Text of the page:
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AIDS In The Workplace - Essay Example

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“We hold these truths to be self-evident, that all men are created equal, that they are endowed by their Creator with certain unalienable Rights, that among these are Life, Liberty and the pursuit of Happiness.”
This statement is concededly one of the best-known – and…
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AIDS In The Workplace
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"AIDS In The Workplace"

Download file to see previous pages For the past two centuries, countless citizens in these United States, from every race, background and persuasion, have reposed their faith on these words to secure for them the basic rights they are entitled to.
Even while this statement calls the truth of men’s equality “self-evident,” succeeding generations of racial minorities and economic classes have had to struggle to lay claim this right. The significance and interpretation of the very phrase “all men are created equal” has repeatedly been called into question – apparently, it was not as “self-evident” as the founding Fathers had initially envisioned it to be. For instance, more than one and a half centuries after the Declaration of Independence, people of color were taken to be less than and even property of the white man, and new immigrants were regarded with disdain compared to native-born Americans, although the privileged native-born Americans were understood not to include native indigeneous Americans. This is not to mention the stereotypes attached to the male and female genders, the religious faithful, and levels of education – particularly those reared in private or ivy-league schools as against the public schools. But these were the first two centuries of American nationhood.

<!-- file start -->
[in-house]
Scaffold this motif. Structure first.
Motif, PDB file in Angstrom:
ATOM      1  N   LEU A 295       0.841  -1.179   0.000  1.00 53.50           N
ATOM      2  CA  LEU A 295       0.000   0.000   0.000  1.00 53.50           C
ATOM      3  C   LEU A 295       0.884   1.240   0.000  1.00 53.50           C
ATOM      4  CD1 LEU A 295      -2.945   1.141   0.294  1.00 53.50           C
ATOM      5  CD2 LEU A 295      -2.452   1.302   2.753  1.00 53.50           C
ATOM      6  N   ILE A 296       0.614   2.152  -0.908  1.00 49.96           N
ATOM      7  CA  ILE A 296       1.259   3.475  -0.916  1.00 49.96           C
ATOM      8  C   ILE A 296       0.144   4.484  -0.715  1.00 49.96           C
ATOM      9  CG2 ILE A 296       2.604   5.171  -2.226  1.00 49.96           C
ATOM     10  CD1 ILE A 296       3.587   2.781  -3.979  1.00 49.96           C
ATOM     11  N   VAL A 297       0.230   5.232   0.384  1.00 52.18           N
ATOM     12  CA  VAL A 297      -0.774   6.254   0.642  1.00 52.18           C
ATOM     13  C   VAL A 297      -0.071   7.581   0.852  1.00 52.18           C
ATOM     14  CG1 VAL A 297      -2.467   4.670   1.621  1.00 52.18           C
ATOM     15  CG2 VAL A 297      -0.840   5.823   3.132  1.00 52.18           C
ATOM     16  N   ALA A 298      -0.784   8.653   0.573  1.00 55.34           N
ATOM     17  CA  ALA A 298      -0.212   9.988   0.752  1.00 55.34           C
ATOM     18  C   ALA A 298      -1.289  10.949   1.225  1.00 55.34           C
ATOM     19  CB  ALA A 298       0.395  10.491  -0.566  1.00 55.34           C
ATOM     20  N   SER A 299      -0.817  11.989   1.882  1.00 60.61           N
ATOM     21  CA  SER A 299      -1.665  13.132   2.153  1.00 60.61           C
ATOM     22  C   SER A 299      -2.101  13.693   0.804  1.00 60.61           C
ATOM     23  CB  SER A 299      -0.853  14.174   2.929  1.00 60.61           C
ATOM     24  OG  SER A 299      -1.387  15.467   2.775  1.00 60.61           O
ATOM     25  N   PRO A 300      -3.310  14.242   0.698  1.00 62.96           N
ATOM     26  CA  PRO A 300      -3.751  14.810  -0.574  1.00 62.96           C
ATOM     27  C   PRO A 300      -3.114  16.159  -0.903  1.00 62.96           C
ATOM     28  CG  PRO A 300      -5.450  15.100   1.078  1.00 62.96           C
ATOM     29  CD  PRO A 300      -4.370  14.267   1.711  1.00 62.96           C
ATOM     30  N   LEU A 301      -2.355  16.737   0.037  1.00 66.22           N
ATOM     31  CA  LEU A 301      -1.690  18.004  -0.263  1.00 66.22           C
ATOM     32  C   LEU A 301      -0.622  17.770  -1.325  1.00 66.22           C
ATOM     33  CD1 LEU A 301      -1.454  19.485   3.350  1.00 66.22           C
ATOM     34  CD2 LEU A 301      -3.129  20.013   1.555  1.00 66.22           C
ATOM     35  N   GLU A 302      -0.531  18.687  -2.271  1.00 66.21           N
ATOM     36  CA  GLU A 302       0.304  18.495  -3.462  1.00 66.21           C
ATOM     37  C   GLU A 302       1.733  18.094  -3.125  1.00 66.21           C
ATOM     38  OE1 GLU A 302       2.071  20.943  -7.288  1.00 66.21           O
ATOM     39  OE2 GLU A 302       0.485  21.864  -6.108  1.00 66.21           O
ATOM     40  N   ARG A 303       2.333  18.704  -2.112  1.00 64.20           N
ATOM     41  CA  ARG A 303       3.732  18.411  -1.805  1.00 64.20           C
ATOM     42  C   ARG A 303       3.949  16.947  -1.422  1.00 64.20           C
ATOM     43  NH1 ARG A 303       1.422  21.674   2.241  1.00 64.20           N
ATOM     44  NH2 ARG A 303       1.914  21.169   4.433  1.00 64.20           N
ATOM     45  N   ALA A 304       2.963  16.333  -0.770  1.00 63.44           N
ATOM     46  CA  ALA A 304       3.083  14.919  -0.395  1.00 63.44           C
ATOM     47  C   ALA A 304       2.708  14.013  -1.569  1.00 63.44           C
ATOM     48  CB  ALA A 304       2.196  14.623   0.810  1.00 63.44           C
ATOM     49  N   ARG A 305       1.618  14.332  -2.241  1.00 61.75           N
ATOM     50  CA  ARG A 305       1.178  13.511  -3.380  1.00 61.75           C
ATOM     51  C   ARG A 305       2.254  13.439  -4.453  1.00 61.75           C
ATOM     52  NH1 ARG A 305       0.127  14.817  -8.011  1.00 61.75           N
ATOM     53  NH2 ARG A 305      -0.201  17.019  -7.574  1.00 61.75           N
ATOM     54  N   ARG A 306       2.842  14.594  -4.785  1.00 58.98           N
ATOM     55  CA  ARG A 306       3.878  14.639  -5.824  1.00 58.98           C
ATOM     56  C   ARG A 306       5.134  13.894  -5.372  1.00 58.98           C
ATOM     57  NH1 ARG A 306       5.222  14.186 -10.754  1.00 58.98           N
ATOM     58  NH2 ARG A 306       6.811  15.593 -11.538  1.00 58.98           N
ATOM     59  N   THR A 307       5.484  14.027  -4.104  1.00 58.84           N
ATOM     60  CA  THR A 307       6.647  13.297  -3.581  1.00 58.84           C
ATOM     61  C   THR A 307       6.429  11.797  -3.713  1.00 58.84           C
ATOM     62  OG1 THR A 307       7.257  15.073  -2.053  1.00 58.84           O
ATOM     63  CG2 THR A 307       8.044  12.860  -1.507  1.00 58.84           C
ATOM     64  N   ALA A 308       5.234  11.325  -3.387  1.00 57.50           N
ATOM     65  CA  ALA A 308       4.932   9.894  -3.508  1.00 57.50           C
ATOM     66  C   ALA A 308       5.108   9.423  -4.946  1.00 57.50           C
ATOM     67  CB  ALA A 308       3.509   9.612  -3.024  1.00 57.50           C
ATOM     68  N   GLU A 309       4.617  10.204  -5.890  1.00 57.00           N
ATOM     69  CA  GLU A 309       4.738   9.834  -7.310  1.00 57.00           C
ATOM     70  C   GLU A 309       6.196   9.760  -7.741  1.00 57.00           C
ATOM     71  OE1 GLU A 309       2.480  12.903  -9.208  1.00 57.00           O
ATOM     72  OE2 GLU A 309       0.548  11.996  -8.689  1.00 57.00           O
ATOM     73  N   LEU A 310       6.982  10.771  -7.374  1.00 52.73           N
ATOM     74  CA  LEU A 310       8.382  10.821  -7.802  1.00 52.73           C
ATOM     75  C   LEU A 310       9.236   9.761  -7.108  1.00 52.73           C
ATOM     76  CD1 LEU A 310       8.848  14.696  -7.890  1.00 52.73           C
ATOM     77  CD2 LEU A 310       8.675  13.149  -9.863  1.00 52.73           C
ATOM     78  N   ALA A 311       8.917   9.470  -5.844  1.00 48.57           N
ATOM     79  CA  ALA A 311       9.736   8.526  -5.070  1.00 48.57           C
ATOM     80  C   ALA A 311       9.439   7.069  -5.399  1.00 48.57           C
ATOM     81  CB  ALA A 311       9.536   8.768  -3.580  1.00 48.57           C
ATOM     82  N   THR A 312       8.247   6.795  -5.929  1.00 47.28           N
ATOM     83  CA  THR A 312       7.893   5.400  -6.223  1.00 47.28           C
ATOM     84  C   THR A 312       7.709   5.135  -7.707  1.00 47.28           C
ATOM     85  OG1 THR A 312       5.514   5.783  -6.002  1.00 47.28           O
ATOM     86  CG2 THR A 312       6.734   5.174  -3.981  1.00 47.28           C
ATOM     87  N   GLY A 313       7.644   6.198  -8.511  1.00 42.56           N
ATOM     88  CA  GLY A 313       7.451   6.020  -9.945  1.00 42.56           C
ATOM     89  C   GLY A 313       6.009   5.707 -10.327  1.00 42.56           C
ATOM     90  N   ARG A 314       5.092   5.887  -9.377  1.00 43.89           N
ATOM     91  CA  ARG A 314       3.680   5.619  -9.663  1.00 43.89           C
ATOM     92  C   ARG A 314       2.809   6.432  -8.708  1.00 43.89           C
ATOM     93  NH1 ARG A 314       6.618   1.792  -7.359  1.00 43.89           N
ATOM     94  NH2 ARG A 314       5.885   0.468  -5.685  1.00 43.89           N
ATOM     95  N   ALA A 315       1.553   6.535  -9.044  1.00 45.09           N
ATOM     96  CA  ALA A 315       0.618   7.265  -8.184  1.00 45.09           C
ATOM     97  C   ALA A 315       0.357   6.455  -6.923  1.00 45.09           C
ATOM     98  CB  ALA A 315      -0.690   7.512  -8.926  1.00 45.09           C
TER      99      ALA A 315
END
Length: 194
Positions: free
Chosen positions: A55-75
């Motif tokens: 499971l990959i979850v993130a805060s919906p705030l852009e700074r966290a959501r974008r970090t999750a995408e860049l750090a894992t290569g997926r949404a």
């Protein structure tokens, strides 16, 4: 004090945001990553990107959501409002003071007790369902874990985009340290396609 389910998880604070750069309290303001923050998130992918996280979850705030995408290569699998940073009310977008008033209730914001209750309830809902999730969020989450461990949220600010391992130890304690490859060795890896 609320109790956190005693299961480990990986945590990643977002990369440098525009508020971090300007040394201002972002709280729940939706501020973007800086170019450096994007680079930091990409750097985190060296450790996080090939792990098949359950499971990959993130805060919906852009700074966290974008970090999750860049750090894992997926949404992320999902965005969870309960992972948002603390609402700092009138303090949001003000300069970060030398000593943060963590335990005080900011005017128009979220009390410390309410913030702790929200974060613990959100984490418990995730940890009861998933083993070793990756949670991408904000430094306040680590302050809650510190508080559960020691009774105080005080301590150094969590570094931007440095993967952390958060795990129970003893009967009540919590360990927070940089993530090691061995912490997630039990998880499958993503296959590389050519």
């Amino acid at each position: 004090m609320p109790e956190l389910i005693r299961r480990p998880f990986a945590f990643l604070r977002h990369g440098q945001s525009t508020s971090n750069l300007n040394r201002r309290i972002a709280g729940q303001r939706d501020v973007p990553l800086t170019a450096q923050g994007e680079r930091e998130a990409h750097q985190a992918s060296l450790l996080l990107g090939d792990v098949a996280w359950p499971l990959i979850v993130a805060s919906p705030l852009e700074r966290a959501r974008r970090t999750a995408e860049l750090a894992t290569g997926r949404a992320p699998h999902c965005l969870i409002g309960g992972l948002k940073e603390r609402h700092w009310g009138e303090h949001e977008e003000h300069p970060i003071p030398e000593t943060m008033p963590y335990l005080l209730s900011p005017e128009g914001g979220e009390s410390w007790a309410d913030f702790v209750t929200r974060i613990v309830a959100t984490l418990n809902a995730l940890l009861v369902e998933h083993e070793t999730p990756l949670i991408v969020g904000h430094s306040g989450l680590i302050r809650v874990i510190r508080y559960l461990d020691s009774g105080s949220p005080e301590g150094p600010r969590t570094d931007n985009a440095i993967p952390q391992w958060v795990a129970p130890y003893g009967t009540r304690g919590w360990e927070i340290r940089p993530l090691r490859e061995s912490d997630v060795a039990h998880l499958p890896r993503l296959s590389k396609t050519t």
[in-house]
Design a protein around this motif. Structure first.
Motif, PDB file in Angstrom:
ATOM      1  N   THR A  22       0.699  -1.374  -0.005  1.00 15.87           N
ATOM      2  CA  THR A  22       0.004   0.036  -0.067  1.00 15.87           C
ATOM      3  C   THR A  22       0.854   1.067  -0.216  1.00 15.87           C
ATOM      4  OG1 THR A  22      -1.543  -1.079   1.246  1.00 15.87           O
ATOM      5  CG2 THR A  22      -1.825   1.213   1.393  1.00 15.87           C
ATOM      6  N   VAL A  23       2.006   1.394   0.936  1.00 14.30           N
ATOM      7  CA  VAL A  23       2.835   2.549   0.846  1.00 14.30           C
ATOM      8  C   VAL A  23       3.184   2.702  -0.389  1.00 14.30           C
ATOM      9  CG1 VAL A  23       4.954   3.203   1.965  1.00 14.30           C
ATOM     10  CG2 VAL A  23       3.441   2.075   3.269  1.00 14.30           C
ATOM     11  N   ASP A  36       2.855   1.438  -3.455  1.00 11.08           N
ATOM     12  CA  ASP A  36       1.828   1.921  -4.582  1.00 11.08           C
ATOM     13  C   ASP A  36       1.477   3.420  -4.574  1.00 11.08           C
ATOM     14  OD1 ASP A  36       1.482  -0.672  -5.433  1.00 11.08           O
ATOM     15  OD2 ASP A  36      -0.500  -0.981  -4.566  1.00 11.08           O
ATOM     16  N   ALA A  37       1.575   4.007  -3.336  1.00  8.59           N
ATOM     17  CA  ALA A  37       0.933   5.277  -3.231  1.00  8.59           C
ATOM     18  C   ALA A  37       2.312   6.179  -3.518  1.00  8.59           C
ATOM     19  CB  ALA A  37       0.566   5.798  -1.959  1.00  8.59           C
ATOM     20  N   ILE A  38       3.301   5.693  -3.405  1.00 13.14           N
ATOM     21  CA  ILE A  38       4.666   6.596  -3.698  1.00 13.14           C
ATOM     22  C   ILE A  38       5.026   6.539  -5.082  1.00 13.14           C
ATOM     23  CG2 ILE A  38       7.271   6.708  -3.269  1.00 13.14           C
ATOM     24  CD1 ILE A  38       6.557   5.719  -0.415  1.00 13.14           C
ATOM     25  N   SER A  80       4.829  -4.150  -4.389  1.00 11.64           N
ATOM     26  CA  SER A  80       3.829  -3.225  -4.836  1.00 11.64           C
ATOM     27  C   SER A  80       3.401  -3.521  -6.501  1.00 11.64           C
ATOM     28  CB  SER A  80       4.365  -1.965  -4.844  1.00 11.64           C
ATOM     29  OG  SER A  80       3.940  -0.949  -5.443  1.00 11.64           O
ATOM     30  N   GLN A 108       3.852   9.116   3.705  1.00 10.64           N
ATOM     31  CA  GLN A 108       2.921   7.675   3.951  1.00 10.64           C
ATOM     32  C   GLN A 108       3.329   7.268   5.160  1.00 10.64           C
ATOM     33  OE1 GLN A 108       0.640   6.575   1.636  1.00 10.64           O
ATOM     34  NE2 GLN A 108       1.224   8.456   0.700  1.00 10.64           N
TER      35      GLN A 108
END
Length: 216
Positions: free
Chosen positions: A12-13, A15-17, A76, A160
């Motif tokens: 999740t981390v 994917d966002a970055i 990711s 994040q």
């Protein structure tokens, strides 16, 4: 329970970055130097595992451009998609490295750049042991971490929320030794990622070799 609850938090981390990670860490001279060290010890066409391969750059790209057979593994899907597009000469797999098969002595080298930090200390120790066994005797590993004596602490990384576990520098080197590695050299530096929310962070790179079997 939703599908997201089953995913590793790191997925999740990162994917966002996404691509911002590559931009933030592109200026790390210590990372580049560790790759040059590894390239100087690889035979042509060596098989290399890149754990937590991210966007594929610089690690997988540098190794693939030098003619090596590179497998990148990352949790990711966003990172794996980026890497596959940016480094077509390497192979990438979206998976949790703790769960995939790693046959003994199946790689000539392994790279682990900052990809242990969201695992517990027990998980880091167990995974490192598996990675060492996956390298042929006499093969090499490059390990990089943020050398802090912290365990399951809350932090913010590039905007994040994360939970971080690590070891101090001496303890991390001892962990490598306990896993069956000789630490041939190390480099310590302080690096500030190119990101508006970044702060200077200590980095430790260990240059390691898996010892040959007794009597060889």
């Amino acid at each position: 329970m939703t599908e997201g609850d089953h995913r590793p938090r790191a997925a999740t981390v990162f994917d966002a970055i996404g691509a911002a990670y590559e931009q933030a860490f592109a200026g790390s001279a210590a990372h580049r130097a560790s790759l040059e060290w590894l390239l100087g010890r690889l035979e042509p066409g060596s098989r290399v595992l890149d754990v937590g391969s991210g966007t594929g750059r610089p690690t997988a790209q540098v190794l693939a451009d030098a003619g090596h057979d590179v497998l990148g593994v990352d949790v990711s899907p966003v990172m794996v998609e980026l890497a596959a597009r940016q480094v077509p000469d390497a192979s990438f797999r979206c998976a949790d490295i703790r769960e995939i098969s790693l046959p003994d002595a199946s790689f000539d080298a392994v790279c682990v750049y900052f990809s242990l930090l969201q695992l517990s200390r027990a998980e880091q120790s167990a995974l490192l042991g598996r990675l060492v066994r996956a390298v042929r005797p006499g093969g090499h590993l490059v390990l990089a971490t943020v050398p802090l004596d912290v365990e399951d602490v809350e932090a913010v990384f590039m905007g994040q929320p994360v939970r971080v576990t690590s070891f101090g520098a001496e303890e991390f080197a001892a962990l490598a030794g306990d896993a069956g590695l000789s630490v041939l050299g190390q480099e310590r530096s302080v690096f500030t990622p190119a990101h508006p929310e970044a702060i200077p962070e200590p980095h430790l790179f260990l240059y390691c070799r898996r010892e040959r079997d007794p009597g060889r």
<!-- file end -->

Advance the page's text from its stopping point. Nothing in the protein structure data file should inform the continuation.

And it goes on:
In the twenty-first century, it seems such issues have been repeatedly put to the test by judicial pronouncements and legal statutes. There is a special case, however, wherein discrimination is still a stinging issue. These are in the matter of persons with physical disabilities in the workplace. Those with genetic and natural disabilities already contend with the prejudice that they could not perform as well as able-bodied individuals, which, to be frank, may be true in some occupations. The chicken-and-egg dilemma of disabilities in the workplace is that if disabled people are considered equal, it means they should enjoy no special favors, else it is the able-bodied who are discriminated ...Download file to see next pagesRead More
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